Location: Pioneertown, CA. A western town in the desert. An Australian gentleman named Ted arrives at Harriet and Pappy’s Pioneertown Palace (a real place) looking for work. The members of the town are the members of the cast. The werewolf comes in from Central Casting. In between endless in-joke shenanigans, a priest and a policeman mull over an extremely complicated plotline that ties together The Howling IV and V and passes by VI. In the end, it doesn’t make that much sense although it makes enough sense. The werewolf from V is in Pioneertown and is trying to frame Ted (who was in IV and V). Trying to explain the back-story (which is spread throughout the film) is the way that madness lays.
Because, Clive Turner (Writer, Director, Producer, Supervising Editor, Supervising Accountant and actor (Ted)) doesn’t care about the werewolf. He cares about the people in Pioneertown, especially the folks at the Palace. And, that’s why I love the film.
It’s a home movie. It’s pointing the camera at your friends and having them do that wacky thing they do. You can show it to friends the next day and they’ll say “Oh, there he is doing that funny thing.” And, you can watch it in ten years and say, “Gosh. You remember when he used to do that thing.” Or “I miss him. Remember that?” The joy of the home movie. Forever enshrining friends and family on film/ tape.
The movie is lathered with all sorts of gags and jokes that everyone on screen laughs at (yes, occasionally it is like a laugh track) and has a good time being a part of. If we were good friends with these people, I’m pretty sure this would be a perfect snapshot of their lives at that time. And, of course, they get to wave guns around and shoot at a werewolf. So, you get that extra bit of cool added in.
Of course, this forgets the fact that this is The Howling 7. It forgets the fact that New Line’s logo is at the start of it. It leaves out the cop and the priest and their story. It leaves out the fact that this is supposed to be a werewolf movie. And, it’s not, not really. Or, as I said, the director’s heart is more in the Pioneertown antics than in the werewolf stuff. In the last half hour, the werewolf stuff picks up but it never quite takes off. It feels very pieced together. There are very confusing moments when characters have flashbacks to scenes that occurred within the timeline of the movie itself but that we didn’t actually see. For example, Ted is caught by the cop and the priest and they interrogate him. But, we don’t see the interrogation. We see flashbacks to the interrogation as the cop and priest talk about what they just did, which was interrogating Ted.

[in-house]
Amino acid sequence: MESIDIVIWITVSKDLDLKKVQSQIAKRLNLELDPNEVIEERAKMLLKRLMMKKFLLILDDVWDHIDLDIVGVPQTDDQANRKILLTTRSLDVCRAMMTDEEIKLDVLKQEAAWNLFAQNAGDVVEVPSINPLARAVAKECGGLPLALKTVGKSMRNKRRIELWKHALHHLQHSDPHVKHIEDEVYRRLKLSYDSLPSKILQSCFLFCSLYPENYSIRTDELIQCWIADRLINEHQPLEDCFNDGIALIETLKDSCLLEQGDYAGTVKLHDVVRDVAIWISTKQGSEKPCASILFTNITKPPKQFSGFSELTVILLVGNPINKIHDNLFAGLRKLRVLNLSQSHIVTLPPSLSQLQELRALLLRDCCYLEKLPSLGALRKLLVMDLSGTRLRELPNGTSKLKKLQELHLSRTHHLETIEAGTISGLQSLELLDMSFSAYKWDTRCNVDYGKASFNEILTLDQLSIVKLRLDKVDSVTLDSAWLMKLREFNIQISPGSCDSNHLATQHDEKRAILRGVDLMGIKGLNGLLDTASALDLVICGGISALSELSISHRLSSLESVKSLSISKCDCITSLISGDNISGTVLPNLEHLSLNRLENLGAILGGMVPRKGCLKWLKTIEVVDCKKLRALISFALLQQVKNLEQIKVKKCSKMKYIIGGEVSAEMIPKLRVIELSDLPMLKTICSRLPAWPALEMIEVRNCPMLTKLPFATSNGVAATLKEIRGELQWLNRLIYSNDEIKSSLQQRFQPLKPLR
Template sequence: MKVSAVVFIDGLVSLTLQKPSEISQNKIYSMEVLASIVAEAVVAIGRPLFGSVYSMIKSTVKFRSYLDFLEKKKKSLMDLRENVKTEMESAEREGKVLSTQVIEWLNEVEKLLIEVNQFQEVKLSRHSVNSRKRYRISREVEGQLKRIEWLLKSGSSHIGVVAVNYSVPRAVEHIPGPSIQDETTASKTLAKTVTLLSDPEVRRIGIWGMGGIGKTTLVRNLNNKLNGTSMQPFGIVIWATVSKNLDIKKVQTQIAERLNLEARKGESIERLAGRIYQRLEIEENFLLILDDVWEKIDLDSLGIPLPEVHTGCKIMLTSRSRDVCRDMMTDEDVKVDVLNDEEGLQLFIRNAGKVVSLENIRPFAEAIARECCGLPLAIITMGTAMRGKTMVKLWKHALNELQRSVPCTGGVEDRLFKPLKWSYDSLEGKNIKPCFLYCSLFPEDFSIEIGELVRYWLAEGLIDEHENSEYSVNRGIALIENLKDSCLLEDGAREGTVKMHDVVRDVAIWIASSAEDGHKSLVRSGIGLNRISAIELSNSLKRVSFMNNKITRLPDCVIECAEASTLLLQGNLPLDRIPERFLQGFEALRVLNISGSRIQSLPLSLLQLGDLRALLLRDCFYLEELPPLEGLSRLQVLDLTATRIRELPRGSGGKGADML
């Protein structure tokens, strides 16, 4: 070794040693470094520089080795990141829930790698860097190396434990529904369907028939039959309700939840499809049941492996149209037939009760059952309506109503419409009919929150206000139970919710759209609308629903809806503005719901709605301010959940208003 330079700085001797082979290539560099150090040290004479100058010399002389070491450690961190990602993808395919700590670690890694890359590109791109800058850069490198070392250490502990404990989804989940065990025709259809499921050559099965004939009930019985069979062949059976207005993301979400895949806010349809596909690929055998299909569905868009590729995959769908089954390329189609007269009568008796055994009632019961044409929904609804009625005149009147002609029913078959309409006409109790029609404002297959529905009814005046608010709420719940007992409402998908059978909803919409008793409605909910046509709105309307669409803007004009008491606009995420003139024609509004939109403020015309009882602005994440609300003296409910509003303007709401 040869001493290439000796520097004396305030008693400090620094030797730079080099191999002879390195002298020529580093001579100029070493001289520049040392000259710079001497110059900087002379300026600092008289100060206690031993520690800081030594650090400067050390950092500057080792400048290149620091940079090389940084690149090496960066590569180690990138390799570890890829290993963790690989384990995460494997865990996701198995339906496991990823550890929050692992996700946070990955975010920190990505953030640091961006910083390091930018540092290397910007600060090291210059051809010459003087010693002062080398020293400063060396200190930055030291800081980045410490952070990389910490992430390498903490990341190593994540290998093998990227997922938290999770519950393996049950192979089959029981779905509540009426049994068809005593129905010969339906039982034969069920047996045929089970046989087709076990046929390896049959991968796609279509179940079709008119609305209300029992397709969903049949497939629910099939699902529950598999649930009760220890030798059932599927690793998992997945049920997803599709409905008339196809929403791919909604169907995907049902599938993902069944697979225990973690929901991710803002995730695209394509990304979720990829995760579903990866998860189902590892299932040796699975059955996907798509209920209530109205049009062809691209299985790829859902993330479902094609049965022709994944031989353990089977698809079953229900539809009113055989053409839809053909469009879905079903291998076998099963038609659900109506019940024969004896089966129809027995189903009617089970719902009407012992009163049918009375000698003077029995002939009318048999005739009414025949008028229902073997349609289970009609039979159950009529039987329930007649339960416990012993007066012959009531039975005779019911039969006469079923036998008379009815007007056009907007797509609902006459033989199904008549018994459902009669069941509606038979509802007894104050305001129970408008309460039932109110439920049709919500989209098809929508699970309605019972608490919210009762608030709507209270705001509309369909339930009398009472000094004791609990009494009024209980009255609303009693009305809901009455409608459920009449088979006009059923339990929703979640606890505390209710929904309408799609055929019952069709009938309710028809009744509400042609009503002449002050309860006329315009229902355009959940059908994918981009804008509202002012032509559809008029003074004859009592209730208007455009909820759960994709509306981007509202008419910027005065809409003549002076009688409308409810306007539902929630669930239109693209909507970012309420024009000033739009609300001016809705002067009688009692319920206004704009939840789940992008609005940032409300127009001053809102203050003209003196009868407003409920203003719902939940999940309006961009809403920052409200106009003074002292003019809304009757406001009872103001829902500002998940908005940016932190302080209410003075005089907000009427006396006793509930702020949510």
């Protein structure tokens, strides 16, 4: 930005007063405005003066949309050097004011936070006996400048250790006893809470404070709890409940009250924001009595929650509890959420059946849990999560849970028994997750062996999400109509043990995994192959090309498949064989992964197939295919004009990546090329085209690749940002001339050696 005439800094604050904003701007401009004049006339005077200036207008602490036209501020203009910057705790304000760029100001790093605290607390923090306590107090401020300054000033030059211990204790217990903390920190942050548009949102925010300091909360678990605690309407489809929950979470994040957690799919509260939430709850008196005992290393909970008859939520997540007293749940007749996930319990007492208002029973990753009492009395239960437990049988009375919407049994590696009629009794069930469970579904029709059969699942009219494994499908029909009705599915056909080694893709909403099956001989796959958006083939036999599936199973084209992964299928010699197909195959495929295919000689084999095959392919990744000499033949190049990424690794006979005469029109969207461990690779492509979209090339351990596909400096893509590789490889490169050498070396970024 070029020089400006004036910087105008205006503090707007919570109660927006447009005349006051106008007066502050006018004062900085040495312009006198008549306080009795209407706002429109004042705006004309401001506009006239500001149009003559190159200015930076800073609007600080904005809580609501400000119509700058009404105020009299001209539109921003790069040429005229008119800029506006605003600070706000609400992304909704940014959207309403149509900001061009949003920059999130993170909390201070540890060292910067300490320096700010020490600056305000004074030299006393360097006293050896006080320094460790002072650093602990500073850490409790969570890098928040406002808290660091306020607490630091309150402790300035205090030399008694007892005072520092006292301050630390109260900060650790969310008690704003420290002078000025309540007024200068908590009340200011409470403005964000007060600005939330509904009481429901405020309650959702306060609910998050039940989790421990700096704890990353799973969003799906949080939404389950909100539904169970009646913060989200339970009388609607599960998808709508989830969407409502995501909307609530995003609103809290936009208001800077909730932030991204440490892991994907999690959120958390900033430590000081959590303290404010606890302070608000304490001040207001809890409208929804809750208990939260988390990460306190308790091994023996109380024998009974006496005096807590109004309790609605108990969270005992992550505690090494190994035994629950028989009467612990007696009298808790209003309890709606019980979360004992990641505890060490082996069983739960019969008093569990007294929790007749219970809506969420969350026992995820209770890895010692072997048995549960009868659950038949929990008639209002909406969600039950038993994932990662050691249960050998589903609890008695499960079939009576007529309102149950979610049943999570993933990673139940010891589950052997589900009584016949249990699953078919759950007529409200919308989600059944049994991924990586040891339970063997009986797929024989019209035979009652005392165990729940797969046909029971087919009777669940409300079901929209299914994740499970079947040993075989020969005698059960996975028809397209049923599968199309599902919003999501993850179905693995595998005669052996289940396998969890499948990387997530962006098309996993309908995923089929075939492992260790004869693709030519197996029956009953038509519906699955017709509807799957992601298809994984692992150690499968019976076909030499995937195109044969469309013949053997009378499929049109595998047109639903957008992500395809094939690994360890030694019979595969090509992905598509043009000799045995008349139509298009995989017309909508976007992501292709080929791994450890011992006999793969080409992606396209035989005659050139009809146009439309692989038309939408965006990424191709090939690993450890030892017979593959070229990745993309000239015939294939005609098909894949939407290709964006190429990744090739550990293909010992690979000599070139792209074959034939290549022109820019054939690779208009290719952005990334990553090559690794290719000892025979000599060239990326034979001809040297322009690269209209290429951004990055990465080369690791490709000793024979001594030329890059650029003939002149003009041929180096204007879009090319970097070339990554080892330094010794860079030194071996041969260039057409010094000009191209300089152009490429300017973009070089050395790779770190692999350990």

Another example: We learn that the main reason they grabbed Ted at this time is because one of the Pioneertown folks was killed by the werewolf. They think it’s Ted. However, we find out about the killing in a flashback. “When they found Jaro’s body…” is a big “What?” moment in a film that has about twenty of them in it. In my mind, here’s what happened…
Clive Turner had a connection to earlier Howling Films. So, he pitched 7 to New Line as “a werewolf in the desert” with the perfect location. New Line said “Sure. Make it 90 minutes.” Mr. Turner went to the Palace and shot lots of footage of his friends. He also created this intricate story to link previous Howling films. When all this was done, the film was at 60 minutes and he only had a half hour to include all the present-day werewolf drama. But, he didn’t want to lose the back-story and he didn’t want to lose the footage of his friends. So, he took all the scenes of killing and interrogation and such from the last third and edited around it to fit the time slot. Unfortunately, it means that nothing much happens (but it’s pretty wonderful) in the first 60 minutes and the last half hour has 45 minutes worth of stuff going on it, all confusingly crammed together.
Suffice it to say, this might be one of the oddest films you’ll ever watch. But, there’s something so disarmingly charming about all of it. Maybe, like most home movies, we need the person who shot it sitting next to us explaining who is who and where the jokes come from.
If you want a werewolf film, The Howling: New Moon Rising will frustrate you to an astronomical degree. If you forget that and let it roll over you, it’s a weird, weird film. Personally, I think it’s wonderful.
The movie that this film most resembles is The Curse Of The Headless Horseman. A lot of folks who seem to be friends go to the desert and hang around. There are lots of in-jokes that the average viewer just won’t laugh at. There is a plot but it doesn’t seem to be as important as the recording of the antics. One hell of a double feature. Give it a try.